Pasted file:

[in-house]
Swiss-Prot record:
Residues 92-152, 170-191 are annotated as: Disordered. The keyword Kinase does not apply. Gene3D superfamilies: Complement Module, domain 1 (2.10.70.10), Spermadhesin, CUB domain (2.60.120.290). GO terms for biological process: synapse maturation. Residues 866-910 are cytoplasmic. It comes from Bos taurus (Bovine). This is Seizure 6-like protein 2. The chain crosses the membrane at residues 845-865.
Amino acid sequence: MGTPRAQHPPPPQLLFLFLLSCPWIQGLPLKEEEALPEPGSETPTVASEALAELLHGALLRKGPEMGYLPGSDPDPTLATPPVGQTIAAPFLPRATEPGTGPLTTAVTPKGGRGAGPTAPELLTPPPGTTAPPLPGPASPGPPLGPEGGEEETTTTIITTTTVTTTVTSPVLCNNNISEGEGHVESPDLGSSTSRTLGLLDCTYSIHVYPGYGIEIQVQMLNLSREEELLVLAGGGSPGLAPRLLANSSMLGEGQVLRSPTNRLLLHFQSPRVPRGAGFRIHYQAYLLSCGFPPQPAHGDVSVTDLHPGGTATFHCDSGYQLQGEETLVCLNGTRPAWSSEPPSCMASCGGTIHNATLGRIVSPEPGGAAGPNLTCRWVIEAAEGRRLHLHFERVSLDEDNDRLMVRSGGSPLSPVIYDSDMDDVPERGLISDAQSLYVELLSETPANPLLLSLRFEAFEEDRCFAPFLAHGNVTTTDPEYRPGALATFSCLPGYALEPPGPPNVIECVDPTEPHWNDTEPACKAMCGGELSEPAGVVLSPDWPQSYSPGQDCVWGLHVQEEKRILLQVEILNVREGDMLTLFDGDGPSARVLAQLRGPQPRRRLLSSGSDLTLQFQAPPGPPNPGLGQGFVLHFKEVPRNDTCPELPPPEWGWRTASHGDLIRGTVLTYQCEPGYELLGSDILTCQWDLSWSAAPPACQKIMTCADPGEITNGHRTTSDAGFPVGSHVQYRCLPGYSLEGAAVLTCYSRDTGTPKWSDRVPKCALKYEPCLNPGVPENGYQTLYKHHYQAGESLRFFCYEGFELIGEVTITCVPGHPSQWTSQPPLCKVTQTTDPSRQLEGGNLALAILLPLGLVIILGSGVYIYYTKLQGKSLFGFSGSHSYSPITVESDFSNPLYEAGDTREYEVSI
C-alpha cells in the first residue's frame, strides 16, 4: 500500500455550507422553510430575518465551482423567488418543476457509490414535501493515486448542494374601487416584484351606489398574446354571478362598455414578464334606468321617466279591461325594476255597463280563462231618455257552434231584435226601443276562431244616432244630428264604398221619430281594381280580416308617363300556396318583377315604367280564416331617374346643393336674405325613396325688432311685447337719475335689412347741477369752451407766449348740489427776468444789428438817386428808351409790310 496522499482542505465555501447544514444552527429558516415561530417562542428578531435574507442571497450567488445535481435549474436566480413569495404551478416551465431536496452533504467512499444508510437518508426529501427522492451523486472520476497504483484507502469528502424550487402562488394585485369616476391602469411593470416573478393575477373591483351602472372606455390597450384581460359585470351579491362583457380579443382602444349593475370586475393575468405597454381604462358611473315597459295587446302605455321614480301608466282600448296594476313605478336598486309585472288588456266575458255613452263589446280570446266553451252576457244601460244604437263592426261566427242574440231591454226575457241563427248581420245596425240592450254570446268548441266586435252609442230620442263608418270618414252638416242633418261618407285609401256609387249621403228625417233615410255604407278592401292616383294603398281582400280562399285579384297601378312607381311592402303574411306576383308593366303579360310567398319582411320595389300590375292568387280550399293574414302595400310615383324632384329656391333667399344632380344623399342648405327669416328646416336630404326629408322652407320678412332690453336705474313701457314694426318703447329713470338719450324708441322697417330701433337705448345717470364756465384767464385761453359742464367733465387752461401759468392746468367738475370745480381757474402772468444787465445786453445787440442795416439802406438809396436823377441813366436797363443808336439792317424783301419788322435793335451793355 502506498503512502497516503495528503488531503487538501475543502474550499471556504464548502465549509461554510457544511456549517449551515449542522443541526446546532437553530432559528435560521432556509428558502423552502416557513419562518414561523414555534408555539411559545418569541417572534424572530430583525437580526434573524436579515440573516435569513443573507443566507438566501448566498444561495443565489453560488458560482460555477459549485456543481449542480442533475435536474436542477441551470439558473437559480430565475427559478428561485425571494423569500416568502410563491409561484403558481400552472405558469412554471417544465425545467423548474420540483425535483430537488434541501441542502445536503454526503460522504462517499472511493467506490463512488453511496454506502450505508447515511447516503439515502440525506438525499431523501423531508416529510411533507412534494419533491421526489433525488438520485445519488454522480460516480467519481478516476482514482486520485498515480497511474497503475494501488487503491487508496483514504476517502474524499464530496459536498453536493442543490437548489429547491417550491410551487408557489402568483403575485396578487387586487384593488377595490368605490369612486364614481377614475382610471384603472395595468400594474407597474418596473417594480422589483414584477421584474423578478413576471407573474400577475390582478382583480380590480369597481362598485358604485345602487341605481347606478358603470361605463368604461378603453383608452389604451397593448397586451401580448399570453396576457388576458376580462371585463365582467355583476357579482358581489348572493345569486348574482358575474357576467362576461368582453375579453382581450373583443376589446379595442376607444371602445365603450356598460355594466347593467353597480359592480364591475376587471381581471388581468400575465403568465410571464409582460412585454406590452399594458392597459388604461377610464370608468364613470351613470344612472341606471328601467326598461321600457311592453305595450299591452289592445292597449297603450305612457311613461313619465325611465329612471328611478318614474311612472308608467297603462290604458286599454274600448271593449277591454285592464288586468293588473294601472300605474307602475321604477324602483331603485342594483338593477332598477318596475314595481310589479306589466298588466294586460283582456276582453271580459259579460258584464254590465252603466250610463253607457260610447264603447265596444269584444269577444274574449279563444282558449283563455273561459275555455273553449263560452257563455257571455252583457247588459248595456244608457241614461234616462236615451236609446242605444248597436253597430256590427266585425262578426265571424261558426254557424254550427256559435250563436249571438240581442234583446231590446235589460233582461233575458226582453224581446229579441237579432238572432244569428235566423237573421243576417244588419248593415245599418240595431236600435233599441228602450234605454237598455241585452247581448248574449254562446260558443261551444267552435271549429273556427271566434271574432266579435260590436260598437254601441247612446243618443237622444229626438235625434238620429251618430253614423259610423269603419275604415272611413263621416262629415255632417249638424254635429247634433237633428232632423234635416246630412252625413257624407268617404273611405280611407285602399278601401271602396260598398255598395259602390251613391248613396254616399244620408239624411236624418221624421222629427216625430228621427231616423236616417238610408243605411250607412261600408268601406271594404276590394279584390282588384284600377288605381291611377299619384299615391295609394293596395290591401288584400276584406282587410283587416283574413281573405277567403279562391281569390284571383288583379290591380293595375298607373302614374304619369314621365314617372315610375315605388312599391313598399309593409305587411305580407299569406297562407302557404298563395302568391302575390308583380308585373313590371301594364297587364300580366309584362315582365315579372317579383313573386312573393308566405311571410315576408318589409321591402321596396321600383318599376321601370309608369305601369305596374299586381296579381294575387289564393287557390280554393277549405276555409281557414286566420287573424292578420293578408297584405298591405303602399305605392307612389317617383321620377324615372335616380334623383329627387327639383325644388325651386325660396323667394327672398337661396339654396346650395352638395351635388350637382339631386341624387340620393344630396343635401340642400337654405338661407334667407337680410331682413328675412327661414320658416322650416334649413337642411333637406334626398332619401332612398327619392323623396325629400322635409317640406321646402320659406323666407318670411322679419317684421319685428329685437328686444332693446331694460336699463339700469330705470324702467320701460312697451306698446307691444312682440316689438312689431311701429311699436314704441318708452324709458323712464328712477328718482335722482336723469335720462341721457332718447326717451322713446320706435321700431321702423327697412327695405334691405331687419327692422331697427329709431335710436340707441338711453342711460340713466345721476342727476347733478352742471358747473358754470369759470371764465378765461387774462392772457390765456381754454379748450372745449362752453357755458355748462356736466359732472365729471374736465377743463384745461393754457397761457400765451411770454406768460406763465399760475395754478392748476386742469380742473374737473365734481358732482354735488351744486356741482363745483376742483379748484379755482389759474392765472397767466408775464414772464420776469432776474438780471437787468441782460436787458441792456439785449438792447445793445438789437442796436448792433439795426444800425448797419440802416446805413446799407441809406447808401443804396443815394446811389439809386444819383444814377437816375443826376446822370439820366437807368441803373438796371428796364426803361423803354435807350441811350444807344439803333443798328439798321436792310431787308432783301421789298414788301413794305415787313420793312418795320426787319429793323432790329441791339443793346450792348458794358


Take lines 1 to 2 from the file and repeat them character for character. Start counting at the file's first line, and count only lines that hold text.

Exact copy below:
[in-house]
Swiss-Prot record: